Gálvez was ambitious and wanted more, though. He decided to recover La Florida for Spain. The enterprise was a bit too big for him. In fact, from the time he planned it until he achieved it, several extra months passed because Spanish commanders in Havana, who were to accompany him, considered it sheer madness to cross Pensacola, where England had a crossfire line that would leave the Spanish fleet like the Titanic in less than a quarter of an hour. Even after Gálvez convinced his own people, chief of the Spanish naval forces Calvo de Irazábal dispatched an order to abort the assault after his flagship ran aground in a slew of English gunfire. 

But Gálvez, playing the typical Spaniard, far from surrendering, decided to board the ship Galveztown—a gift from the Americans—and hurl himself against Pensacola on his own. First though, a little humor: he sent a messenger with an English cannonball to Calvo with a note that read: "This is like the ones that are handed out by the fort at the entrance. Anyone with honor and courage, follow me. I’ll lead the way with the Galveztown to take away your fear.” Galvez managed to cross the barrier of fire without damage, trailed by the rest of the fleet, causing the surrender of the English and the fall of all Florida. It was May 9, 1781. Great news for the United States: the American rebels saw their combat front reduced and the English were plunged into a deep melancholy. 

Months later, the Spanish Crown delivered hundreds of thousands of silver pesos collected in Havana to pay the back wages of Washington's army, allowing them to fight and win the decisive victory at Yorktown. In the memoirs of Count Rochambeau's treasurer, who was in charge of delivering the money, a peculiar fact is mentioned: the weight of the Spanish silver coins broke the floor of the Williamsburg house where they were stored. In any case, in September the dough was delivered to Robert Morris, the financier of the American Revolution, who was thus able to pay Washington’s soldiers, who had not seen a penny since the beginning of that campaign.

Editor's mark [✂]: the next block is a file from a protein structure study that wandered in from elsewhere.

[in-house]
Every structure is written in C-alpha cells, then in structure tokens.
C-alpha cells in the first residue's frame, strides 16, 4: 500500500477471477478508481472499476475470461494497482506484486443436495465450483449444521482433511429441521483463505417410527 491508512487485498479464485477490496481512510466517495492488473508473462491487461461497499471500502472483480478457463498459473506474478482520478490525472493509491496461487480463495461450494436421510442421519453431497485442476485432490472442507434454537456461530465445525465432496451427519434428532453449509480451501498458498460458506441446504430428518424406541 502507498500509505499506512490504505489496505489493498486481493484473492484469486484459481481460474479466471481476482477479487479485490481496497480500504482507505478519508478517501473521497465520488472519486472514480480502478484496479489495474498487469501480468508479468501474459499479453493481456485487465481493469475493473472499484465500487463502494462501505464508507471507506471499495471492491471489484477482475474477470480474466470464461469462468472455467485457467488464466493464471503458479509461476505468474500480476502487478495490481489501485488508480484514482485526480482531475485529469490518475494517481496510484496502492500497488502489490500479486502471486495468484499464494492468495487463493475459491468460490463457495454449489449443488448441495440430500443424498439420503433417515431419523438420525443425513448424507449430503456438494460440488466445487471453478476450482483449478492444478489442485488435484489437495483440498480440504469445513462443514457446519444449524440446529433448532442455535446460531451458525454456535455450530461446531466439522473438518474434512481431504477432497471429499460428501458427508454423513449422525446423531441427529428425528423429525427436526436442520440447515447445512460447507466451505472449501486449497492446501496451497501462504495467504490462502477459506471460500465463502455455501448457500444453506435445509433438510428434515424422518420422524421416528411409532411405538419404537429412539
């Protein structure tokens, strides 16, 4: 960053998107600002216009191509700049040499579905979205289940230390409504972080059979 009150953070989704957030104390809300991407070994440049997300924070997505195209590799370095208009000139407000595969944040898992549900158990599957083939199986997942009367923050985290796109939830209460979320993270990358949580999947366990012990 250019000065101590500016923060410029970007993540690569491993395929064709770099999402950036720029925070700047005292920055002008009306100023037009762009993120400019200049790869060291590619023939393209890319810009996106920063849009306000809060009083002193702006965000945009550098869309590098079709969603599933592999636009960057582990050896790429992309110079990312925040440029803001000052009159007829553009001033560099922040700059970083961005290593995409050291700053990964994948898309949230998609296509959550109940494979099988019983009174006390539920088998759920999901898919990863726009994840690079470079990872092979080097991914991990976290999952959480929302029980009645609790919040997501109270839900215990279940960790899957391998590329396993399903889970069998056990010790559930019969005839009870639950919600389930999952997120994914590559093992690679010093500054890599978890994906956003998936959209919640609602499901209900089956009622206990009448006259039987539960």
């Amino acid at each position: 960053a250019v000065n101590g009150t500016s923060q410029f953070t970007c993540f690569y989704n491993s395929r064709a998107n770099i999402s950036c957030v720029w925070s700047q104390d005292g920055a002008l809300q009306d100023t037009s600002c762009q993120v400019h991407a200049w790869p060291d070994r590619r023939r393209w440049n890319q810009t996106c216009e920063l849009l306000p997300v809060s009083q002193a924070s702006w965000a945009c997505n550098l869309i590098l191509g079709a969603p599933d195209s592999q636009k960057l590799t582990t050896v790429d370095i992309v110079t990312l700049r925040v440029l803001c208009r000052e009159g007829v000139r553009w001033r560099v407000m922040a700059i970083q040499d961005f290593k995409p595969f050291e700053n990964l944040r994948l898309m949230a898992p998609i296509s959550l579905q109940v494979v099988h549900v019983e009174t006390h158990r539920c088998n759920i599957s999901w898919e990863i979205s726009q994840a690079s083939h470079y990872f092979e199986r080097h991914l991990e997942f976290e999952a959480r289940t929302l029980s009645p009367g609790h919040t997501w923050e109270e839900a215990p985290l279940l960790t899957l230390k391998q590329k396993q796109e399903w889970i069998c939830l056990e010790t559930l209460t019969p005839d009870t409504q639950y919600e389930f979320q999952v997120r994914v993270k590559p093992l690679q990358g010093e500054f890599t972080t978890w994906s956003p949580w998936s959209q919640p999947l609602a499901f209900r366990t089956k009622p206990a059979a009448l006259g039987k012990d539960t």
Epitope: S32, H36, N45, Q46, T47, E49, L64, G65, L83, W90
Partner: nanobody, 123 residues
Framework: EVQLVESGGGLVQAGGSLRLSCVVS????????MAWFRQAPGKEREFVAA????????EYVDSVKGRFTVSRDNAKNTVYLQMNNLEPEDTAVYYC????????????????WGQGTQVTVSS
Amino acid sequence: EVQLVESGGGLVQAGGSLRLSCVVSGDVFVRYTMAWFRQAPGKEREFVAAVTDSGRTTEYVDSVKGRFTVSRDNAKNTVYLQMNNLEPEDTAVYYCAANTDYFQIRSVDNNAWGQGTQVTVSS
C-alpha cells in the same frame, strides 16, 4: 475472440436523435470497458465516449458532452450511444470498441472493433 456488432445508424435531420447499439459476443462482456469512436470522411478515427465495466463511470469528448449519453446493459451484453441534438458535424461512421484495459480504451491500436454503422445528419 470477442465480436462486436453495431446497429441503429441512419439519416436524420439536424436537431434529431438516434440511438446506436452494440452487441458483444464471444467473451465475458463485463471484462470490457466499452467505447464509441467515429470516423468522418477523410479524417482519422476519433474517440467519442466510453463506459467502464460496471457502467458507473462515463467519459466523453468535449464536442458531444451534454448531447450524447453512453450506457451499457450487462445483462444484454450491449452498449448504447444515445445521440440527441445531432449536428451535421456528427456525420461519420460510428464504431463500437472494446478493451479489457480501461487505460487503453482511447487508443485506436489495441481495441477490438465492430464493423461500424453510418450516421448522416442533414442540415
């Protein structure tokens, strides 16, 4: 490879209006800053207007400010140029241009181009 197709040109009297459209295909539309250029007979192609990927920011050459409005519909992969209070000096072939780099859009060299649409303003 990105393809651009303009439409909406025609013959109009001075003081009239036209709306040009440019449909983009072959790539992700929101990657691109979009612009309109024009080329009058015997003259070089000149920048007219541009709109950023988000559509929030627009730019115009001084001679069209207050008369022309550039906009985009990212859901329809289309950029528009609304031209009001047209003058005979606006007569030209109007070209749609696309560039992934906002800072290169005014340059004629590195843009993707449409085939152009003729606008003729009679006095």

Although it may not be our most important contribution, we Spaniards also sent a donkey to the United States during the Revolutionary period. Spain had great donkeys—we still do, take a look at our government—and General Washington commented to his friend Diego de Gardoqui, the Spanish ambassador to the United States, that he needed to improve the breeding of mules for his plantation at Mount Vernon. King Charles III of Spain, informed of the matter, decided to send two donkeys as a personal gift, but unfortunately one of them was killed halfway through the journey. The other arrived in Virginia in December 1795, however, allowing farmer Washington to significantly improve the breeding of these animals.

While today the left struggles to erase the traces of any heroic past throughout the West, others still work to keep history alive. Recently, the Spanish Naval Museum opened an exhibition about the Spanish Navy’s role in the American War of Independence, with Galvez as the protagonist. I commend the effort made by the Unveiling Memories project (an initiative of electric company Iberdrola), which is taking exhibitions and displays on Spain's contribution to America’s independence to museums in the United States. In times when statues and heroes are torn down, conservatives should spend our days raising them again.